July 14, 2009

Job Opening or Savvy Marketing Campaign?

Image from The Best Job in the World Campaign

Image from The Best Job in the World Campaign

On May 5th, amid a flurry of press coverage a 34 year-old British man won “the best job in the world”: the opportunity to live on a small island off Australia and get paid to feed the fish and blog about the experience. In June the masterminds behind the dream job campaign, Australian agency CumminsNitro, scooped up three Grand Prix Lion awards for direct, PR, and interactive results that drove awareness of the islands off the Great Barrier Reef for the Queensland Tourism Bureau. The stats are quite stunning: 36,600 entries from aspirational experience-seekers around the globe, an estimated $100M in press coverage in 8 target countries, and nearly 7M visits to the website

The campaign kicked off with job listings in print classifieds and on sites such as and glossy printed and interactive kits to press in the target countries. In a climate of job loss and dire news, the story spread like wildfire among hungry news outlets: “Looking for a job? You may want to consider a move to Australia!” And the imagination of the target audience was piqued, dreaming of a paid year spent on white sandy beaches. While the contest is over, the engagement continues with weekly blog posts by the new “island caretaker” that are punctuated by captivating video and flickr streams. Ultimately the measure of any successful tourism campaign is traffic to the destination, and Fast Company reports that Australian air carrier Virgin Blue launched a new flight to the featured island to keep pace with demand.

This spring a small winery in Sonoma County named Murphy-Goode launched a contest targeted at another genre of dream job seeker: “Wine Country Lifestyle Correspondent.” For six months the lucky winner will: “report on the cool lifestyle of Sonoma County Wine Country and, of course, tell people what you’re learning about winemaking” using social media. Like the island campaign, applicants are required to submit a 60 second video application, and entries have flooded the web. In fact, when googling Murphy Goode hundreds of applicant sites appear, including uber-enthusiastic entrants who have purchased url variations of the company’s brand name to host their videos. (A quality problem?) The campaign took off on blogs, Facebook, and Twitter and a winner will be announced on the site on July 21st.

A few thoughts on why these campaigns will ultimately drive revenue:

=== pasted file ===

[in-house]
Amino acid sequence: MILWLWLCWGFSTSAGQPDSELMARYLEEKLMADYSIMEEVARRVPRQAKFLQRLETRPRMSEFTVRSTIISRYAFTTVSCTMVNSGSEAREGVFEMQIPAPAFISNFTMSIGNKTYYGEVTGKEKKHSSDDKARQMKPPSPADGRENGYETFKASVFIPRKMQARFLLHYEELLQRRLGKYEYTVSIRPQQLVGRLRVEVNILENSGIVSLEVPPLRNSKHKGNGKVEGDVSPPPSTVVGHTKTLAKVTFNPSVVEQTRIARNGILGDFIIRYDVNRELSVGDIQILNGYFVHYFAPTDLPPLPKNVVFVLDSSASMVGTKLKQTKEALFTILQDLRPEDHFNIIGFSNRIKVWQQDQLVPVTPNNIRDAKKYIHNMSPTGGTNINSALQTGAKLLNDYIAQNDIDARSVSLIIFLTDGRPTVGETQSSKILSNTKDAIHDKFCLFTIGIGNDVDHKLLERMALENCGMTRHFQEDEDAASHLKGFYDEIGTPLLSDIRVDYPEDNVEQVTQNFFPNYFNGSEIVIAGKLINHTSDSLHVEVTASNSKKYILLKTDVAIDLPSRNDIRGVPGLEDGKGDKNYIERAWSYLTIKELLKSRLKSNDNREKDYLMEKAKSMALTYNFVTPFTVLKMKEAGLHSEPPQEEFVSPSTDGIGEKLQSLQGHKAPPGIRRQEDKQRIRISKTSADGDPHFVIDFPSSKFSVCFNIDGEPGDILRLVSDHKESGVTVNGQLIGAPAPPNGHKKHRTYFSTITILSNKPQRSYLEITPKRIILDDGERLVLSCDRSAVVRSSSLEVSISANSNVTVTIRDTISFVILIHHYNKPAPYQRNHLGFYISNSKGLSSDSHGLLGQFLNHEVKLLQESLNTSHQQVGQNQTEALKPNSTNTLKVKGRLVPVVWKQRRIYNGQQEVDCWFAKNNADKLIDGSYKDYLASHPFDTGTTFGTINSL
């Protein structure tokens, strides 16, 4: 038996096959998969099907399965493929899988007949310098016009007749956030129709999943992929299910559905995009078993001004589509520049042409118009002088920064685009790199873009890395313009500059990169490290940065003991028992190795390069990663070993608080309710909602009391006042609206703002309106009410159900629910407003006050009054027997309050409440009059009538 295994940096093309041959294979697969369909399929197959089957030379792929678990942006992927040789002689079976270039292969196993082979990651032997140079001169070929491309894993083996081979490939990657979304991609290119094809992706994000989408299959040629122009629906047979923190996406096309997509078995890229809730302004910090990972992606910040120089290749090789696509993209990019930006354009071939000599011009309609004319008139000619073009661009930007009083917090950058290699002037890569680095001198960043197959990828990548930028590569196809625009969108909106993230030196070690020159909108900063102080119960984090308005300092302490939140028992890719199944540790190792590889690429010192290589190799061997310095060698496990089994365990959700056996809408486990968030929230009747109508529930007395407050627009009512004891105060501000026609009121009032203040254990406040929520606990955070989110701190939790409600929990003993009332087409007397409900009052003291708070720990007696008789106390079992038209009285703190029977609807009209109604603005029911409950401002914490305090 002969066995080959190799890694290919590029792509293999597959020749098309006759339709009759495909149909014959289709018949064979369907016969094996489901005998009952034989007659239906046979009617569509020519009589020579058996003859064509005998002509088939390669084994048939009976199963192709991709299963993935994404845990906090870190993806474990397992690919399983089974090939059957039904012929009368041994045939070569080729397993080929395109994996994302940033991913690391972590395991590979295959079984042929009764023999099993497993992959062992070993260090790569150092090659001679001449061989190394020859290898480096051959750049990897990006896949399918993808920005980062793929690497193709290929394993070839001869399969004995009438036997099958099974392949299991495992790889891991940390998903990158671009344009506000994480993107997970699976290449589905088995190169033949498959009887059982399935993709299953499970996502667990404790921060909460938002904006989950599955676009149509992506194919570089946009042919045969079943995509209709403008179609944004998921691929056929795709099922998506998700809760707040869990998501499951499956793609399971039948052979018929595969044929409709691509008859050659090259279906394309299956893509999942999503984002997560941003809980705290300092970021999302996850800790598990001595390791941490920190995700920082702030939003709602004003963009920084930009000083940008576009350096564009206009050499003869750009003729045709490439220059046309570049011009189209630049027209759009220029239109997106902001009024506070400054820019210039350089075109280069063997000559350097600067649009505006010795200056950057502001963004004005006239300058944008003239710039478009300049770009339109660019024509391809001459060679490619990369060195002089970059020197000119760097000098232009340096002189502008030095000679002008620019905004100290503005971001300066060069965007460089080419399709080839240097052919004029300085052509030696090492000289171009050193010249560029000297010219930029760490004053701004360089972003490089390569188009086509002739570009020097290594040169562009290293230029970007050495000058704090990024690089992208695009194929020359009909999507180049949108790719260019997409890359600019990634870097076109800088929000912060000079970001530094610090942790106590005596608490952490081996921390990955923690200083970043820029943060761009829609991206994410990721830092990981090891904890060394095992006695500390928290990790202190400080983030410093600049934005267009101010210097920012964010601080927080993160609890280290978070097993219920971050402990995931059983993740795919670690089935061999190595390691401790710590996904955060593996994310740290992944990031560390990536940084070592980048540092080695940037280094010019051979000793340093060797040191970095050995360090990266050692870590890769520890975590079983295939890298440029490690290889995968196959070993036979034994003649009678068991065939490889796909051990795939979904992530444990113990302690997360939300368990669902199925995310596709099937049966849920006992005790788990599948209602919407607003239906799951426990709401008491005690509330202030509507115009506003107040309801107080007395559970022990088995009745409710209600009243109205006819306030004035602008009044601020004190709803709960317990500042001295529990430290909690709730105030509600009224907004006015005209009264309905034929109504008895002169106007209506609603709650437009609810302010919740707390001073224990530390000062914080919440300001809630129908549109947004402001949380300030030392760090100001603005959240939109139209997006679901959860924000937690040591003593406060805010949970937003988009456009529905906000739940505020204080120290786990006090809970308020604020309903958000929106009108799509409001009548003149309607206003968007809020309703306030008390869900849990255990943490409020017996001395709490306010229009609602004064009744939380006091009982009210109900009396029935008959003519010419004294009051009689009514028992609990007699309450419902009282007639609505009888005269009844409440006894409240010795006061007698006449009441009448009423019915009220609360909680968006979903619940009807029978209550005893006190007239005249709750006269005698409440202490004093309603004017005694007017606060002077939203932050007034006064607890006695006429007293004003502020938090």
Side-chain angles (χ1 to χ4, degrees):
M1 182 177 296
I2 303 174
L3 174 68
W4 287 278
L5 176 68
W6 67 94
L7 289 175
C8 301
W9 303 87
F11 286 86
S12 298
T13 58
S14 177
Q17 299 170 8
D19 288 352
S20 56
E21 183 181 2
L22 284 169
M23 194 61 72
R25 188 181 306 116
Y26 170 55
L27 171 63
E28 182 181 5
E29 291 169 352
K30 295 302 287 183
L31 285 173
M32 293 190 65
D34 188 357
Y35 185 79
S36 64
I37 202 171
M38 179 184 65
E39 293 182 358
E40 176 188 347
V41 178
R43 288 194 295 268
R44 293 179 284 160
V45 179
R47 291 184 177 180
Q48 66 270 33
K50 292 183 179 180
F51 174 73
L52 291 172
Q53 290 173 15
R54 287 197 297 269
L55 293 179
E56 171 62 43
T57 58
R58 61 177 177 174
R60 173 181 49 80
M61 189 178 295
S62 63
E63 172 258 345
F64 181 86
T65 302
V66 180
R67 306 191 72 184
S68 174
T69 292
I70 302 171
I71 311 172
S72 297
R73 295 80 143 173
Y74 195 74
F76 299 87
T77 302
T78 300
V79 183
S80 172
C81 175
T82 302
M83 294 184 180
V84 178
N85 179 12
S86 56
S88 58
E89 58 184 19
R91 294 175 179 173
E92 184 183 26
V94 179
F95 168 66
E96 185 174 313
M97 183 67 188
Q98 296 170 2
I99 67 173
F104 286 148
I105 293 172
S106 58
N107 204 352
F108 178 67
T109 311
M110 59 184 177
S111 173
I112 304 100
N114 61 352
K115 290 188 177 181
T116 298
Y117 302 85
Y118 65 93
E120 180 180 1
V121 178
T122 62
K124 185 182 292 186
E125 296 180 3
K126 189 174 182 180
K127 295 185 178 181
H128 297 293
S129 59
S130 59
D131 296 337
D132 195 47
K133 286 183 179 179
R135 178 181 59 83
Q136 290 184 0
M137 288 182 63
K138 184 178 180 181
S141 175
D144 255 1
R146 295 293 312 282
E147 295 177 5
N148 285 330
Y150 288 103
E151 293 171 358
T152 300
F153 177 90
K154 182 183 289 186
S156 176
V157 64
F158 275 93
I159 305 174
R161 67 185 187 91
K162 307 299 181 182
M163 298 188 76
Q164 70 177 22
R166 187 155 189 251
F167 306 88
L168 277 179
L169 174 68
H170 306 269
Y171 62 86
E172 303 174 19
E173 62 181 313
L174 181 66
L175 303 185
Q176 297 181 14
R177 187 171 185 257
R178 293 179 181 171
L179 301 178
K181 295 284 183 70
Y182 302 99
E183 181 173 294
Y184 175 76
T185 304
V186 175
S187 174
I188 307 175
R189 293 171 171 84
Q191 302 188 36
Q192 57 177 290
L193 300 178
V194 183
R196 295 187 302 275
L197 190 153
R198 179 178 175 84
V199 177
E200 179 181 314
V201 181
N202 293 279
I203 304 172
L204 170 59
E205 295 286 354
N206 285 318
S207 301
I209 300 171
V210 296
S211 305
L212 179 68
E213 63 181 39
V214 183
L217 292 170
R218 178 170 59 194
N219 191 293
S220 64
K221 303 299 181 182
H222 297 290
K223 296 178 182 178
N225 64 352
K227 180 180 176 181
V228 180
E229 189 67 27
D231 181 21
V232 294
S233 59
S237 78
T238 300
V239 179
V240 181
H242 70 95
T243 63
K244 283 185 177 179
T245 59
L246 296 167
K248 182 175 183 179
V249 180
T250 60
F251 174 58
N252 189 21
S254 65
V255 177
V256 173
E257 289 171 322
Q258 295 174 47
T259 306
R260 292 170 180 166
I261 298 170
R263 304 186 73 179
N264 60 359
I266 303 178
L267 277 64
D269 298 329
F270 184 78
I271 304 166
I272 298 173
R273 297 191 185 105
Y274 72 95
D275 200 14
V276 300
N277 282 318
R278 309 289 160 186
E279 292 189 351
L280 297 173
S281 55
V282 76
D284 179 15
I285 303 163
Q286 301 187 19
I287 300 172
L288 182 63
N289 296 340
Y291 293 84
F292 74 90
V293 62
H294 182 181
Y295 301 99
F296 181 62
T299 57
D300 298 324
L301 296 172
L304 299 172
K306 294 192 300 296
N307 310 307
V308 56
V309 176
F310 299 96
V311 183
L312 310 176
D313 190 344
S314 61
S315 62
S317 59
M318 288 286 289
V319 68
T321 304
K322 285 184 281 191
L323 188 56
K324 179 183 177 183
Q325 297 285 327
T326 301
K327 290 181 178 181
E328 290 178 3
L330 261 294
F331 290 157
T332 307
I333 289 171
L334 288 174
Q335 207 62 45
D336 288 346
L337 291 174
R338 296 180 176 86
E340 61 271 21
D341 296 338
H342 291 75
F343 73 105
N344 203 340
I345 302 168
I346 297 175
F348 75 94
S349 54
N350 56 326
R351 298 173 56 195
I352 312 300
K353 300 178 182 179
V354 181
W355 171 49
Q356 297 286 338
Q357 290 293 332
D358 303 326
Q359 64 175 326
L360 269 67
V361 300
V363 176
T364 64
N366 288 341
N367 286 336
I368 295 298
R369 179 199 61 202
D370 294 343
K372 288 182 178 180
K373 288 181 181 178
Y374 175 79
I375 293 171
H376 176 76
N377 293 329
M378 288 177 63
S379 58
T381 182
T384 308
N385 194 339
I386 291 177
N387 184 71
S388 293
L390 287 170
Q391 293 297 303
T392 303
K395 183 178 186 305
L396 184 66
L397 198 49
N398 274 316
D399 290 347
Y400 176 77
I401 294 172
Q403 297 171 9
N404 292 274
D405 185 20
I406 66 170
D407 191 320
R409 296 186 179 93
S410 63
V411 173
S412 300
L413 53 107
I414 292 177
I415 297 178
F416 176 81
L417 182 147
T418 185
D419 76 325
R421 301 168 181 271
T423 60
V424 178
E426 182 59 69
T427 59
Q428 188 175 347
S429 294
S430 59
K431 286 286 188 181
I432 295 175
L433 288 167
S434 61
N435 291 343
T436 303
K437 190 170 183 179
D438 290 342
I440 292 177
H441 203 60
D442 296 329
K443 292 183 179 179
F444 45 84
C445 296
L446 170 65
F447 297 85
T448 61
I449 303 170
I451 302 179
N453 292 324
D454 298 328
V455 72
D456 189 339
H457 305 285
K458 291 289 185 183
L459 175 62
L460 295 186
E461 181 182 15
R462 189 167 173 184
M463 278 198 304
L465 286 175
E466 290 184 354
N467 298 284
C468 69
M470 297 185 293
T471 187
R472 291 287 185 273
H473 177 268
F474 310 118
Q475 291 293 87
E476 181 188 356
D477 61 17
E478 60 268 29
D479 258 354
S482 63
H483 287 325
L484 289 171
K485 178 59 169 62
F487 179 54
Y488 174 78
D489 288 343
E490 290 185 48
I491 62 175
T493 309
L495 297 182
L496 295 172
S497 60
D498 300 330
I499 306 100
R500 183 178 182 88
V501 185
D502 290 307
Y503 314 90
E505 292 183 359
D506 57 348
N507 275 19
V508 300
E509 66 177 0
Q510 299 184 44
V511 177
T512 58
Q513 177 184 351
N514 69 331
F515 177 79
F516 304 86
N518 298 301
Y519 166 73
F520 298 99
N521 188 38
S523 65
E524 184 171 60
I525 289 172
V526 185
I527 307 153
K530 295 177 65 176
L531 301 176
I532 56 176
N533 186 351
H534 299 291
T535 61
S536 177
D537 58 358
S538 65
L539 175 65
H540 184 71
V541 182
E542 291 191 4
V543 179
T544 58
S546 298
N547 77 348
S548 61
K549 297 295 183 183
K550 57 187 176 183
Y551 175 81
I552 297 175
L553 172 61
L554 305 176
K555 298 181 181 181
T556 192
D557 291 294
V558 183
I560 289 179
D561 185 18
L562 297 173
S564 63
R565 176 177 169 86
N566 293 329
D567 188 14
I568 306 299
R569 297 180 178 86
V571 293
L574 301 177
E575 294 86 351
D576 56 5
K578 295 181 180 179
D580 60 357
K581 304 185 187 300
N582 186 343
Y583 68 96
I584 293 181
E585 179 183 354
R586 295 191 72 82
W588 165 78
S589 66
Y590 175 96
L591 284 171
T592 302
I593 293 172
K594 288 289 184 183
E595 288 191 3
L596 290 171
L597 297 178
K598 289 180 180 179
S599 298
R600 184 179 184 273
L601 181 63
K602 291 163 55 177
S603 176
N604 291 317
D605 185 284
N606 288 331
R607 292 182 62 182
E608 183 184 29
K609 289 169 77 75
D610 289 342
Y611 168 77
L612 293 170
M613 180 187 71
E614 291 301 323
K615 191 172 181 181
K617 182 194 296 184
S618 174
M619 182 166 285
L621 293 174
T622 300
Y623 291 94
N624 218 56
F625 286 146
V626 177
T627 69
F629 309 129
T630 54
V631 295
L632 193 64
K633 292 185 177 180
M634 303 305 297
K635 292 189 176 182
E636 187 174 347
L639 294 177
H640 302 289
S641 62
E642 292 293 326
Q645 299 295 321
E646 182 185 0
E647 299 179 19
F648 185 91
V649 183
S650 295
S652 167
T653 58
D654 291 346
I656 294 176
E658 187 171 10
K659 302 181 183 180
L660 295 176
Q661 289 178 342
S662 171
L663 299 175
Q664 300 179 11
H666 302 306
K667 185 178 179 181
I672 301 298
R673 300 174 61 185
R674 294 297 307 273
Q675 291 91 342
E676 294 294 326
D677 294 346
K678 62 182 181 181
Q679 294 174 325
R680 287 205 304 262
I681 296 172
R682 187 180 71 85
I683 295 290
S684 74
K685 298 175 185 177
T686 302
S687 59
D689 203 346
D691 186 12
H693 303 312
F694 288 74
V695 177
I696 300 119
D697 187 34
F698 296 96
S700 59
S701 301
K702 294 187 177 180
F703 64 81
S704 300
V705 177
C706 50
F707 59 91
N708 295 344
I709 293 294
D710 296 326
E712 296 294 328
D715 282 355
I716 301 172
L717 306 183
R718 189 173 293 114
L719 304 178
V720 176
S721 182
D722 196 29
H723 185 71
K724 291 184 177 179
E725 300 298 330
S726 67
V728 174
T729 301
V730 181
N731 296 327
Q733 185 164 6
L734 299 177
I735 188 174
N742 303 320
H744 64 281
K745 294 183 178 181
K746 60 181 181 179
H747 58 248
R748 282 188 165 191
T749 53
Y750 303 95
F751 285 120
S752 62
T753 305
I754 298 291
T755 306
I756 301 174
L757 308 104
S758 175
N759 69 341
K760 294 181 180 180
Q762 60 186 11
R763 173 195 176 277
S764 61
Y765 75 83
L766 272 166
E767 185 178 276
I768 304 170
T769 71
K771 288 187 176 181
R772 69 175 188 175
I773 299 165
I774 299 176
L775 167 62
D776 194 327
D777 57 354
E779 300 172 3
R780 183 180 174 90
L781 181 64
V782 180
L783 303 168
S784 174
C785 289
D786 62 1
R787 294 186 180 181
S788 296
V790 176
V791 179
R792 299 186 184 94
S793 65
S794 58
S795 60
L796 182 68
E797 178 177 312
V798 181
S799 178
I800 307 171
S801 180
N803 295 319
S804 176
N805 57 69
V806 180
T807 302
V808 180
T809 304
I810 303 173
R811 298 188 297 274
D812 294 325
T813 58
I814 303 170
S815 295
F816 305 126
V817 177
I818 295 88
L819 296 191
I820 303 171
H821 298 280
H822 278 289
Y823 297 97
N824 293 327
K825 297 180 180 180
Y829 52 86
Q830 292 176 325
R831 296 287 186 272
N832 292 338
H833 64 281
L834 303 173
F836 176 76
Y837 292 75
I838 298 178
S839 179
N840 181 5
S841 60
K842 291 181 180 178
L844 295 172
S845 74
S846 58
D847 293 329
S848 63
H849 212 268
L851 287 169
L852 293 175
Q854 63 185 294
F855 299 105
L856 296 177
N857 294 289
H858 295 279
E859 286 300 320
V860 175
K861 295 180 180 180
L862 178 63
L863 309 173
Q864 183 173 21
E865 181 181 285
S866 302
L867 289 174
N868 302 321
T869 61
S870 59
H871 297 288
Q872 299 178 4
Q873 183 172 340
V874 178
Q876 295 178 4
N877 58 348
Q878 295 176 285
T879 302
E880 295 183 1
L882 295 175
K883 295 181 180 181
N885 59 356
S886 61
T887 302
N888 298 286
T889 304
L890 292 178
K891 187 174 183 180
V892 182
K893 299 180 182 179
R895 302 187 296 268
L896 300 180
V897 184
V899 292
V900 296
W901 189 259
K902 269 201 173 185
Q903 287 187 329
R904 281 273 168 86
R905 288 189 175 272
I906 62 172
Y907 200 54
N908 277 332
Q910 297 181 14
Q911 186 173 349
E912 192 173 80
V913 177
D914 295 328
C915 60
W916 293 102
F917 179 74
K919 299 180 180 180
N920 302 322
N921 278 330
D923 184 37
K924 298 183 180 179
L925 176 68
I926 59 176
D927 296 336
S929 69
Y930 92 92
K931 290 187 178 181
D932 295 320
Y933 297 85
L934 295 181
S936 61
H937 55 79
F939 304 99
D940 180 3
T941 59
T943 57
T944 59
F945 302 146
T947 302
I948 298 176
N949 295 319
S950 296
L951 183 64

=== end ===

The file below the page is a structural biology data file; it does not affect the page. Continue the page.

Customers not just influencers. The concept drove discussion among groups most likely to be prospective customers. Not generic, faceless groups we so often call “bloggers” and “twitterers” to drive coverage (although the target obviously engaged in both) but well-defined groups of prospective island visitors (“global experience seekers”) and wine drinkers/aficianados who are likely to be purchase the products as well as influence friends.
Brand engagement was built into the contest. How many of us wish our customers spent time pouring over our websites and pondering why our brands were perfect for them? Entrants were required to engage with the companies/brands to create video entries. To improve their chances of winning, they researched the island and winery and spent time creating a pitch on why they would be a perfect fit. After entering, they were well-educated consumers who were likely to think positively about the brand they just invested several hours in. The long duration of the contests (3 months) also assured entrants were likely to think about the brand, imagine winning, and tell their friends as they waited for the final result.
The concept struck a powerful chord due to cultural trends. The best marketing campaigns resonate powerfully because they connect with the cultural psyche at a moment in time. During the internet boom of the late 90’s, a job on an island or winery may not have driven incredible press coverage while twenty-somethings became paper millionaires after their companies went public. However in a time of record unemployment and financial uncertainty, a “paid dream job” captured our imagination in a way a “year-long dream vacation” could not.

Come across another job-opening as marketing campaign? Think the trend will continue? Add a comment below.


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